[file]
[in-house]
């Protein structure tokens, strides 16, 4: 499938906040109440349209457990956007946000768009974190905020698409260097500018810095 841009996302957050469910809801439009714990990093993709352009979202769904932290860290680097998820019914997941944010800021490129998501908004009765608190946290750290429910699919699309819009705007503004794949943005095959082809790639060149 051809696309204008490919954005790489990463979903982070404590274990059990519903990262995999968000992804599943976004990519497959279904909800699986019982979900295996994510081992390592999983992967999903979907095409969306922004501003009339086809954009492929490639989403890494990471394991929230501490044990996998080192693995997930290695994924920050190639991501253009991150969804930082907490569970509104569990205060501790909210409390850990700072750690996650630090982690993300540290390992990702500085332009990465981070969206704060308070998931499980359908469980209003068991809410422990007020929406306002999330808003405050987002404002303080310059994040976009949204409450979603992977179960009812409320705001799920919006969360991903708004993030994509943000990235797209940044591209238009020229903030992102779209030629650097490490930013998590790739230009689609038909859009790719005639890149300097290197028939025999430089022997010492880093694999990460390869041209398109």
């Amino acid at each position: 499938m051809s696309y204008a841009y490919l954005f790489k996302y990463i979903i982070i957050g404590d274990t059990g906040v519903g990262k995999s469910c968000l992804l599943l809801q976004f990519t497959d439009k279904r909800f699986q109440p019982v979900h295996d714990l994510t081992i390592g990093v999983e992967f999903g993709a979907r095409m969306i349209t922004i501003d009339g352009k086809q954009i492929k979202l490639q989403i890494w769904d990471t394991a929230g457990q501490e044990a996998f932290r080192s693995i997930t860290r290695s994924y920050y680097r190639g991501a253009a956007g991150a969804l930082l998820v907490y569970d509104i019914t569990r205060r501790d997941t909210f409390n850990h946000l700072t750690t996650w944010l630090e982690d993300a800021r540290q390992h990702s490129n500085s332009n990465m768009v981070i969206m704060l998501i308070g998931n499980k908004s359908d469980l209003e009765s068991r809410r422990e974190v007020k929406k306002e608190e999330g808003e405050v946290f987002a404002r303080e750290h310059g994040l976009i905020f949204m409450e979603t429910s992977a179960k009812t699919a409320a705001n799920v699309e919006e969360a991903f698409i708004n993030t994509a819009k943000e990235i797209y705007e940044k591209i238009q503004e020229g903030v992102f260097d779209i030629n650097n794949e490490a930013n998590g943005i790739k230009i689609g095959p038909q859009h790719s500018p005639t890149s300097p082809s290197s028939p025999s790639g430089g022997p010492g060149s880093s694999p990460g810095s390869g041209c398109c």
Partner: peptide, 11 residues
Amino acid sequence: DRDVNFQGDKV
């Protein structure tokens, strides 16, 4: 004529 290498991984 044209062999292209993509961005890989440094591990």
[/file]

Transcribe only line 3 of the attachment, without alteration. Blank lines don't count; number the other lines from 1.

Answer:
């Amino acid at each position: 499938m051809s696309y204008a841009y490919l954005f790489k996302y990463i979903i982070i957050g404590d274990t059990g906040v519903g990262k995999s469910c968000l992804l599943l809801q976004f990519t497959d439009k279904r909800f699986q109440p019982v979900h295996d714990l994510t081992i390592g990093v999983e992967f999903g993709a979907r095409m969306i349209t922004i501003d009339g352009k086809q954009i492929k979202l490639q989403i890494w769904d990471t394991a929230g457990q501490e044990a996998f932290r080192s693995i997930t860290r290695s994924y920050y680097r190639g991501a253009a956007g991150a969804l930082l998820v907490y569970d509104i019914t569990r205060r501790d997941t909210f409390n850990h946000l700072t750690t996650w944010l630090e982690d993300a800021r540290q390992h990702s490129n500085s332009n990465m768009v981070i969206m704060l998501i308070g998931n499980k908004s359908d469980l209003e009765s068991r809410r422990e974190v007020k929406k306002e608190e999330g808003e405050v946290f987002a404002r303080e750290h310059g994040l976009i905020f949204m409450e979603t429910s992977a179960k009812t699919a409320a705001n799920v699309e919006e969360a991903f698409i708004n993030t994509a819009k943000e990235i797209y705007e940044k591209i238009q503004e020229g903030v992102f260097d779209i030629n650097n794949e490490a930013n998590g943005i790739k230009i689609g095959p038909q859009h790719s500018p005639t890149s300097p082809s290197s028939p025999s790639g430089g022997p010492g060149s880093s694999p990460g810095s390869g041209c398109c």